"Over the past several months, we have seen dramatic shifts in the market and determined that it is in the best interest of the company, its employees and investors that we not proceed with the offering during this volatile time," Idealab chief executive Bill Gross said in a statement Wednesday.
Founded in March 1996 by entrepreneur Gross, Idealab helps create and nurture Internet businesses. Among the publicly traded companies Idealab has stakes in are eToys, GoTo.com, Ticketmaster Online-CitySearch and NetZero.
Similar to venture capital firms but with a more specific focus, Internet incubators strive to nurture fledgling companies and help provide practical business and technology advice.
Incubators make money when the companies they take under their wings go public or get acquired. They provide services not unlike Internet consulting firms, but incubators generally have a greater financial stake in the companies they seek to help.
Recent market jitters have been especially painful for Internet incubators, many of which are trading at or near their 52-week lows--another similarity to Internet consulting companies, which were stung this summer when investors turned sour on the niche.
Analysts blame the incubator downturn on a general lack of enthusiasm for the e-commerce companies they're trying to nurture.
Shares of Rare Medium Group, a New York-based incubator and consulting company specializing in e-commerce, traded Thursday at $4.22. That's a 14.41 percent improvement from Wednesday's closing price, but it's a 95.5 percent decline from the company's 52-week high of $94.75.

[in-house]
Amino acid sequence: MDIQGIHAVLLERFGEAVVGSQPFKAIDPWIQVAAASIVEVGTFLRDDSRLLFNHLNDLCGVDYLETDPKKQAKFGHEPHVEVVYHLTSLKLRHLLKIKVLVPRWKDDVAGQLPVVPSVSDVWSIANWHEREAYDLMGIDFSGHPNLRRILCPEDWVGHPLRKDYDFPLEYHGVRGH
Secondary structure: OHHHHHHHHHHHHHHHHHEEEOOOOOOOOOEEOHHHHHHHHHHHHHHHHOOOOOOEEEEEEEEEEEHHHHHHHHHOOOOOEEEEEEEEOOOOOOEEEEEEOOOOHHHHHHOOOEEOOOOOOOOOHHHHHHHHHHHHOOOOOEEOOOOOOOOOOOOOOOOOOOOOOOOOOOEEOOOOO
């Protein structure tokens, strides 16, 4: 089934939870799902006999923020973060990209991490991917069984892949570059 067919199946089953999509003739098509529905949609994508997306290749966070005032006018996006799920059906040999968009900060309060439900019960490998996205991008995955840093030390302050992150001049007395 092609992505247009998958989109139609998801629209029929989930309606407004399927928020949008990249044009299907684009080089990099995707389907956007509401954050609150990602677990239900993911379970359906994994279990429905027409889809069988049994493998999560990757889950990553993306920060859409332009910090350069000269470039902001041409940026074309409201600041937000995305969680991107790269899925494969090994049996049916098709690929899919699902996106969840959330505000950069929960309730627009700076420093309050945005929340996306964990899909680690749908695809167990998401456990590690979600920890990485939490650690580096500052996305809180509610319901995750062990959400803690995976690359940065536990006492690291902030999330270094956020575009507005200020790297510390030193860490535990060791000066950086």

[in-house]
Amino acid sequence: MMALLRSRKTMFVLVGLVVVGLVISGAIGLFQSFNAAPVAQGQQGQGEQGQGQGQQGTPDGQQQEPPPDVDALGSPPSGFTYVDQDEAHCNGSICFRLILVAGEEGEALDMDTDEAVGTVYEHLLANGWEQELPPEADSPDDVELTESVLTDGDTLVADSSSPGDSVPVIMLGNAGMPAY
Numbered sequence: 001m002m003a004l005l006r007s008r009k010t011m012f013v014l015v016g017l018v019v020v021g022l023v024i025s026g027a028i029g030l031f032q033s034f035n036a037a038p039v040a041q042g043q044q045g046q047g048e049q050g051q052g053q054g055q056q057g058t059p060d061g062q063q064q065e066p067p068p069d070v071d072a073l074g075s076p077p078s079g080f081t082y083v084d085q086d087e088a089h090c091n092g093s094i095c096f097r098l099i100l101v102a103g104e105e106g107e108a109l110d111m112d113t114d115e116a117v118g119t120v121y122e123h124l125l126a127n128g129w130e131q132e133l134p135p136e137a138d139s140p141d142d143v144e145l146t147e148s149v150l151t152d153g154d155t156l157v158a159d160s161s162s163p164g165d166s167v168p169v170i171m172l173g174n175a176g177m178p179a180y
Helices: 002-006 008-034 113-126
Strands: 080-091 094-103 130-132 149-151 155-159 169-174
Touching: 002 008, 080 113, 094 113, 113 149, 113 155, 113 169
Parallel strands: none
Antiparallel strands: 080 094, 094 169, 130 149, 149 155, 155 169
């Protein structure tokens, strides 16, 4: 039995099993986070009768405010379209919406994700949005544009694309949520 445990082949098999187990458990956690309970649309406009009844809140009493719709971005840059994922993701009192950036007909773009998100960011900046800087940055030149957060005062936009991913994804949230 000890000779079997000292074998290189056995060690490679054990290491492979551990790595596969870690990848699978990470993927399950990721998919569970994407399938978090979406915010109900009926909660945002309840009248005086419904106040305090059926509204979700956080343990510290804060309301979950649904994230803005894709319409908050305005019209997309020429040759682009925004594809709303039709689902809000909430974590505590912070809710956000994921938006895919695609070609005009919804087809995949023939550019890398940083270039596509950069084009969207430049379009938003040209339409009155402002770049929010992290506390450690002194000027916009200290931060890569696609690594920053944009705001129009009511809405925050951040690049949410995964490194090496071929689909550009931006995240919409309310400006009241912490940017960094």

Likewise, Andover, Mass.-based Internet incubator CMGI traded Thursday at $17.50, 89 percent below its 52-week high of $163.50. Stonepath Group, the new name of Netvalue Holdings of West Palm Beach, Fla., traded Thursday at $1.13, a 97 percent drop from its 52-week high of $39.31.
Given the harsh market for incubators, it's no surprise that Idealab pulled plans to debut on Wall Street.
Last April, Pasadena, Calif.-based Idealab filed documents with the Securities and Exchange Commission seeking to raise approximately $300 million through an initial public offering.
The company had lofty ambitions: One month before the filing, it said it would invest $1 billion more in new businesses. At the time it had stakes in 35 online public and private companies it valued at $8 billion.
But the markets tumbled sharply last spring, hitting the shares of e-commerce and content companies particularly hard. Many stocks in incubators' portfolios have yet to recover and are trading at 80 percent to 90 percent less than their 52-week highs.
As investors have begun to demand profits over revenue growth, several other tech companies have recently pulled their IPOs, including Net consultant Zefer, set-top TV box maker ReplayTV, incentive-to-surf start-up AllAdvantage.com, electronics retailer 800.com and Linux services company Linuxcare.
Despite Idealab's withdrawal of the IPO, "We have a solid financial foundation," Gross said. "We understand the measurements and criteria that the public markets demand."